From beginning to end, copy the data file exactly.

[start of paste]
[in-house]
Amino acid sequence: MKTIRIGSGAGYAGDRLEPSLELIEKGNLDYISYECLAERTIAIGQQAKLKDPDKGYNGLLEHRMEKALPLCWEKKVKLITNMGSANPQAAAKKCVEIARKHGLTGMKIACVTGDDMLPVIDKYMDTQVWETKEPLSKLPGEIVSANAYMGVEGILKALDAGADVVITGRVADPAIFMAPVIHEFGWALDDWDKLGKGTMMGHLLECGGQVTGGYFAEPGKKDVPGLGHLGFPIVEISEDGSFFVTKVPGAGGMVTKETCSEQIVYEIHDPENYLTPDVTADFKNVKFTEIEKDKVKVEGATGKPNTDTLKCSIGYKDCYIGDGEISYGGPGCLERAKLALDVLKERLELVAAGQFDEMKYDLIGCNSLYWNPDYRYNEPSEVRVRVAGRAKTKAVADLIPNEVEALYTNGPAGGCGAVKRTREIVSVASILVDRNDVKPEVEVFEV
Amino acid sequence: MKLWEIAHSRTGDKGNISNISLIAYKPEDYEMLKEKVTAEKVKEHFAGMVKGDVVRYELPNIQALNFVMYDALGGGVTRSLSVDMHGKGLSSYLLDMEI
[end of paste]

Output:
[in-house]
Amino acid sequence: MKTIRIGSGAGYAGDRLEPSLELIEKGNLDYISYECLAERTIAIGQQAKLKDPDKGYNGLLEHRMEKALPLCWEKKVKLITNMGSANPQAAAKKCVEIARKHGLTGMKIACVTGDDMLPVIDKYMDTQVWETKEPLSKLPGEIVSANAYMGVEGILKALDAGADVVITGRVADPAIFMAPVIHEFGWALDDWDKLGKGTMMGHLLECGGQVTGGYFAEPGKKDVPGLGHLGFPIVEISEDGSFFVTKVPGAGGMVTKETCSEQIVYEIHDPENYLTPDVTADFKNVKFTEIEKDKVKVEGATGKPNTDTLKCSIGYKDCYIGDGEISYGGPGCLERAKLALDVLKERLELVAAGQFDEMKYDLIGCNSLYWNPDYRYNEPSEVRVRVAGRAKTKAVADLIPNEVEALYTNGPAGGCGAVKRTREIVSVASILVDRNDVKPEVEVFEV
Amino acid sequence: MKLWEIAHSRTGDKGNISNISLIAYKPEDYEMLKEKVTAEKVKEHFAGMVKGDVVRYELPNIQALNFVMYDALGGGVTRSLSVDMHGKGLSSYLLDMEI